John Adams and Alexander Hamilton

When the colonies finally ousted the British and George Washington became the first president of the new nation, John Adams served as his vice-president. Meanwhile, the first Secretary of the Treasury was Alexander Hamilton.

Adams and Hamilton were both members of the Federalist Party, but they did not like each other. Adams looked at Hamilton as perverted, meddlesome, and deceitful. Hamilton viewed Adams as incompetent, arrogant, and short-tempered. Adams was running for re-election in 1800, and Hamilton wanted to avert another Adams presidency. And so, Hamilton wrote and published a pamphlet that contained arguments as to why Adams should not be president. To make Adams lose in the election, Hamilton only needed to persuade voters to cast their votes in favor of the other Federalist contender. He circulated his anti-Adams pamphlet among his fellow Federalists, but the papers soon made their way to the press.

Hamilton’s criticisms were about Adams’ international strategies. Adams was able to keep the United States from entering a war with France and was proud of this achievement. However, many criticized him for it. Many believed that Adams was too diplomatic with France, which was not good because it was a country that wanted America to lessen its business dealings with Great Britain. But the more straightforward part of Hamilton’s pamphlet was his sharp comments on how Adams treated his cabinet members. According to Hamilton, Adams’ fiery temper often caused him to speak in angry tones to the people who worked closely with him. He added that all of Adams’ ministers and members of Congress had been embarrassed by Adams’ bursts of anger. Adams was defeated by Thomas Jefferson, who became the third president of the United States, and his vice-president, Aaron Burr. Hamilton’s popularity suffered after he created hostilities with one of his fellow Federalists.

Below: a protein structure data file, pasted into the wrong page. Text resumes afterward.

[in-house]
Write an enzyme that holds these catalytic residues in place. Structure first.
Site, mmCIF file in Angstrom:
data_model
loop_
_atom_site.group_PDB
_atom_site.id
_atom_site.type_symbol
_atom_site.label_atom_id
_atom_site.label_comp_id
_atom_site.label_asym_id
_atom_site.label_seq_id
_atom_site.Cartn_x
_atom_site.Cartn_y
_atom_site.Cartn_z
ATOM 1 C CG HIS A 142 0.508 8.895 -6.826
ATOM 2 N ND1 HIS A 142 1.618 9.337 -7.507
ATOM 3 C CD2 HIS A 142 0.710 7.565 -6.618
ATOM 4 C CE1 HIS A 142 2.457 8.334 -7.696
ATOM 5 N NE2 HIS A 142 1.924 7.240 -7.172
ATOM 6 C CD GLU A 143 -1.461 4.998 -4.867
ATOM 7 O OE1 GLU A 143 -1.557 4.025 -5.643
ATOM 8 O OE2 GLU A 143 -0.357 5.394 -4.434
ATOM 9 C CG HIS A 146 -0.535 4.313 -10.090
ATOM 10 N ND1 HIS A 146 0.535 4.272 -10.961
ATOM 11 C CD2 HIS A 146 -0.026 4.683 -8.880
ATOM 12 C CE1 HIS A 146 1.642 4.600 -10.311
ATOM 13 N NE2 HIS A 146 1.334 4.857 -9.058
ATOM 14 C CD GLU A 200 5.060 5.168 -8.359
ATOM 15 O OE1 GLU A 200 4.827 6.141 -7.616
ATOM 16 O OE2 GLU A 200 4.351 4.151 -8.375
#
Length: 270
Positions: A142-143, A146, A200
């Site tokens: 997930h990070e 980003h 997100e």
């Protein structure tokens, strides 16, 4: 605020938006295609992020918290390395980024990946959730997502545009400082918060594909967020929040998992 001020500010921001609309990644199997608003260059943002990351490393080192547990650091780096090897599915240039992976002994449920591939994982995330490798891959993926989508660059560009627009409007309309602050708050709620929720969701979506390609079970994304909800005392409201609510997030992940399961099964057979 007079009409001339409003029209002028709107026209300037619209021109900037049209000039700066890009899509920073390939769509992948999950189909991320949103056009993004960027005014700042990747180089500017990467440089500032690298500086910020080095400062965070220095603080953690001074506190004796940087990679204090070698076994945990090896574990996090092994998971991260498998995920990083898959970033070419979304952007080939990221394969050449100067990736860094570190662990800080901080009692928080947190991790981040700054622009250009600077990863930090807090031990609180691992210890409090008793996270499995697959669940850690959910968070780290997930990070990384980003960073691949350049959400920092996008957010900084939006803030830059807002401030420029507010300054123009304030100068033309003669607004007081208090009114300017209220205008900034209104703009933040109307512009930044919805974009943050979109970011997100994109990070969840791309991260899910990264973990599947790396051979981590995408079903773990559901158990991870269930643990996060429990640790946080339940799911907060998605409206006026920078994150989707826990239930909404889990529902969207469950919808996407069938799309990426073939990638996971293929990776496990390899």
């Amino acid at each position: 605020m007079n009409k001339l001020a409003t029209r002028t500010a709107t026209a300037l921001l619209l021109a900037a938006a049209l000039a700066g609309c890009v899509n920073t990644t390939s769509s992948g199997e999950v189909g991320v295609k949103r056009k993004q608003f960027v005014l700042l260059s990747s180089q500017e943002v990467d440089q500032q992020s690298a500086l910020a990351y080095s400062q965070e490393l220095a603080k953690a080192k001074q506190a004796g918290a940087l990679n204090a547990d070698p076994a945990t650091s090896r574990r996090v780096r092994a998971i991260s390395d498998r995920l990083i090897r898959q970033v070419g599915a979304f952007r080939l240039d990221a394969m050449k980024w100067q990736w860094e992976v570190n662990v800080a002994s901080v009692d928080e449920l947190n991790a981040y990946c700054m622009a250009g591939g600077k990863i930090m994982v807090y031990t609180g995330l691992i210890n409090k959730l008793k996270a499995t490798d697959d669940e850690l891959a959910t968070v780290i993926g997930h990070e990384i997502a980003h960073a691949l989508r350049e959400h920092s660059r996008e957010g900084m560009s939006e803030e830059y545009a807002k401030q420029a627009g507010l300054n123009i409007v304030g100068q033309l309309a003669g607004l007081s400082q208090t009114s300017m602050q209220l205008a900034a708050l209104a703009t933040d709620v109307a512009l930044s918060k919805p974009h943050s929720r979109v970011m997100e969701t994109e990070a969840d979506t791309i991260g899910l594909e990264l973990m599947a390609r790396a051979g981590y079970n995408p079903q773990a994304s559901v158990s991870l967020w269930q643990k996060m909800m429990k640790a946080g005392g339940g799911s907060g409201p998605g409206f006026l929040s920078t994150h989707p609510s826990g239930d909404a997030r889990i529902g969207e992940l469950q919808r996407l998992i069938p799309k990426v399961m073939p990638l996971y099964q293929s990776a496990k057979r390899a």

Around 1804, Adams discovered Hamilton’s efforts to make him lose in his re-election plans. Adams wrote to his wife, Abigail, and told her that he sees Hamilton as a proud and vain person who always pretends to be a moral one, although he was as immoral as Franklin. Adams added that although he admits Hamilton was talented, he fears none of his talents and that he looks at him as a puppy and plans to keep him away from him.

In 1804, Vice President Burr entered the race for the governorship of New York State. Hamilton engaged in a campaign against him, portraying him as not deserving to be trusted with government affairs. Burr felt offended at this and challenged Hamilton to a duel. Hamilton accepted the challenge, but during the duel, he missed his target. Burr fired at Hamilton and hit him in the abdomen. The bullet went through Hamilton’s ribs and lodged in his spine. Hamilton groaned, “I am a dead man,” then fell down. He died the following day.

Around five years after Hamilton’s death, Adams wrote a number of essays where he justified his decisions as president. In these essays, he scornfully called Hamilton “a little man” of “indelicate pleasures.”